I admit that I came to Madagascar with a head full of preconceived notions, which mostly (thankfully) turned out to be false. My first thoughts of this forested island nation were of humidity, bugs and French–three things I dread. Continue reading “Mad about Madagascar”
The sun is shining on this lovely March day in Nairobi–a rare occasion lately, as we have had seemingly nonstop rain for the past 10 or 12 days. But the rain has restored the color green to nature’s palette and the sun is being photosynthesized by a legion of happy plants cranking out rich, luscious oxygen by the bucketload. Continue reading “For the Birds”
His parents were wise, building their nest high under the eaves of the house, where the downspout from the gutter formed a sheltered platform inaccessible to all but the most determined of predators. I noticed them early in the spring, flitting about the back deck, gathering materials for their home construction. Continue reading “The Little Cardinal”
For nearly 100 years, the land that is today the Bubye Valley Conservancy (BVC) of Zimbabwe was not wilderness. The land was a cattle ranch. Wild animals were intentionally wiped out, for fear of disease transmission, and to eliminate predators that would kill cattle. For nearly a century, the land hosted a cattle monoculture, devoid of wildlife; and elephants, rhinos, leopards and lions were completely wiped out. For a century this land was the furthest thing in the world from wilderness. Continue reading “The Myth of Wild Africa”
The raucous music of birds foraging at the feeder beneath my window wakes me just after sunrise. The metallic click of Dark-eyed Juncos, the buzzing trill of the Carolina Chickadee, the clear bell-like chime of the Song Sparrow. Local residents, the migrants having not yet returned from their long winter vacations to Mexico and Brazil, boasting of their travels and flashing their gaudy breeding plumage. Frost still coats the windows, a crust of ice covers the dog’s water dish; Spring is still 3 weeks away by the calendar. But the signs are there. Continue reading “Not Yet Sprung”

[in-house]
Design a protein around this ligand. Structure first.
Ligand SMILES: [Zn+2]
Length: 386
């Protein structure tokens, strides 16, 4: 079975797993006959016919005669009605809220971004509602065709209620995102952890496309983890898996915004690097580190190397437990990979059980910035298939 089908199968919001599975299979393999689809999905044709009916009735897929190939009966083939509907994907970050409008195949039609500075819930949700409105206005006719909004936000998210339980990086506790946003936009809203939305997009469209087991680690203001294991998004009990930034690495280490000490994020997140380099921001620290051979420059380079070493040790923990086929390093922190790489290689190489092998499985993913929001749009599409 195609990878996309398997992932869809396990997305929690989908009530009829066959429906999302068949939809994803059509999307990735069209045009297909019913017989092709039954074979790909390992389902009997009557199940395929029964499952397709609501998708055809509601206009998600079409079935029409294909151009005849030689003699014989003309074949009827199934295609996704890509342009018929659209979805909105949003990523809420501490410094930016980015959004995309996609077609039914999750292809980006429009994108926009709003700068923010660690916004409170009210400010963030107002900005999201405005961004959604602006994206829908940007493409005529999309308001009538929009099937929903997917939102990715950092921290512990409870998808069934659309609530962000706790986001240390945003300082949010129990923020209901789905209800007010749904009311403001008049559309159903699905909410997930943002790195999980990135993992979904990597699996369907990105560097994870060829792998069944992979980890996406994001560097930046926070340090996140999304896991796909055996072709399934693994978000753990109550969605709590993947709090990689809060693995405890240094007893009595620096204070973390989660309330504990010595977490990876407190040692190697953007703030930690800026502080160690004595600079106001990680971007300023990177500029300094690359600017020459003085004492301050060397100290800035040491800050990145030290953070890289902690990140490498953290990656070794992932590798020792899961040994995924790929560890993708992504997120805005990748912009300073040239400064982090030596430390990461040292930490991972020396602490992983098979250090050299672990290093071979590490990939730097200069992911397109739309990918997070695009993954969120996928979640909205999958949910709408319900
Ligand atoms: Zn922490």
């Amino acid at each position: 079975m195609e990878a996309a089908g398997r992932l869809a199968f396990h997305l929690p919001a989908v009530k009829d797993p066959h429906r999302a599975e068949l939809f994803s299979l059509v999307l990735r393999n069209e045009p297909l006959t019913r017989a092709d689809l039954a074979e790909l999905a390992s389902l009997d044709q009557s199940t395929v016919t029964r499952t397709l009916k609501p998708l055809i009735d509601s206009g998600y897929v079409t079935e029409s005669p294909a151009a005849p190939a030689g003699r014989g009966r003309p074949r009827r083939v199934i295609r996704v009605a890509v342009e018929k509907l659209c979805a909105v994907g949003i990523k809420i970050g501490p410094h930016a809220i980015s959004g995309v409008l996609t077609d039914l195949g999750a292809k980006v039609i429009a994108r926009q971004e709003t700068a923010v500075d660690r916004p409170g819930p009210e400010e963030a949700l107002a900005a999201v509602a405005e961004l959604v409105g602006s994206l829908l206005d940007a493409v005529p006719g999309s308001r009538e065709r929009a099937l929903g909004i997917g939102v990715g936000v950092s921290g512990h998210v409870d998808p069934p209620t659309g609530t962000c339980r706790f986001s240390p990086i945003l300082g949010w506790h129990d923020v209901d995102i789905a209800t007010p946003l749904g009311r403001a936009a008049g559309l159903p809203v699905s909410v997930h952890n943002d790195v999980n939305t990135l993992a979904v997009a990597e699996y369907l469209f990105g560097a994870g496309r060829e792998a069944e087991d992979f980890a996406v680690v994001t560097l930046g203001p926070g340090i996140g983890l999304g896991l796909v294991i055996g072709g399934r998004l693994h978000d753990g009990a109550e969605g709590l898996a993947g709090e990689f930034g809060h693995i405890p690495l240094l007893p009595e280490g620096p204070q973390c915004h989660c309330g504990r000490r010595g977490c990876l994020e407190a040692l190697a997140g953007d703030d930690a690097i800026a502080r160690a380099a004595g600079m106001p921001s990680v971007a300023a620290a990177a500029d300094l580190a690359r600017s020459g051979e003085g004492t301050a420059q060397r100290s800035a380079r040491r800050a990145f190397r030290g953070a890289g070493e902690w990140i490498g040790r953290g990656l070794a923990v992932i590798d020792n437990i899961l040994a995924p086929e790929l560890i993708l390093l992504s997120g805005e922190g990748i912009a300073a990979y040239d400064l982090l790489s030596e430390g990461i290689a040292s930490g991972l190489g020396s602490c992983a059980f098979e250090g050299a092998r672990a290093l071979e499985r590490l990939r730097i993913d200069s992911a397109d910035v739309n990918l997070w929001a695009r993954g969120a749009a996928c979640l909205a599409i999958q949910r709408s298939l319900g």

I keep pondering the issue of life. What it means. Life on earth. We know that life on earth has existed for around 3.5 billion years, and that the sun will grow in intensity until it makes the earth uninhabitable to life in somewhere between 1.75 and 3.25 billion years from now.
Time is running out. Life on earth is somewhere in a late mid-life crisis. Continue reading “The Final Frontier”
I could write a book about misheard song lyrics, and maybe someday I will. From Jimi Hendrix’s “excuse me, while I kiss this guy” to Dylan’s “knock knock knockin on Kevin’s door.” But one of the most persistent misheard lyrics in my mind has been the Rolling Stones song “Bitch.” Which says “must be love, it’s a bitch.” For many years, in fact until only recently, I heard “monkey love, it’s a bitch.” Granted, monkey love makes no sense, but I was greatly disappointed when I learned the true lyrics. Such a letdown.
I have no great love for the monkeys of the Grand Palm Hotel and Casino in Gaborone, Botswana, however. They are menacing little terrorists. Continue reading “Monkey Love”
NOTE: Click on the pictures for a larger high resolution version.
2010 was a busy year for travel. I documented travel to Kenya, Tanzania and Mozambique in Part 1. I also made two trips to Namibia in 2010. The first, in February, was to participate in a rhino capture operation in Etosha National Park. Those photos are documented here. The second, in July, was a trip with my father to celebrate his 60th birthday, which will be documented in Part 3. Continue reading “10 YEARS, 28 COUNTRIES: 2010. PART 2”
Note: You can click on the images to open a full-size high resolution version.
Continuing this photographic reflection of 10 years of work related travel. In 2009 I only made one trip, to Cameroon. I attended a workshop in Yaounde and then took a trip to the southern border region with Equatorial Guinea, to a national park called Campo Ma’an along the Campo River, which forms the border. This was my first trip to Cameroon.
Disclaimer: I know the author personally. He is a friend, and for 10 years he was my coworker and mentor. I make no claims of impartiality with this review.
Today I’m reviewing 2000 Miles Around the Tree of Life, by Richard W. Carroll. (ISBN-10: 1935925512, ISBN-13: 978-1935925514), published by Peace Corps Writers, 2014. I have known Richard for ten years, and worked under his guidance for much of that time. I consider him a friend and a mentor, and so I was excited when I learned that he had published a memoir of his 1975 thru-hike of the Appalachian Trail. Continue reading “Book Review: 2000 Miles Around the Tree of Life”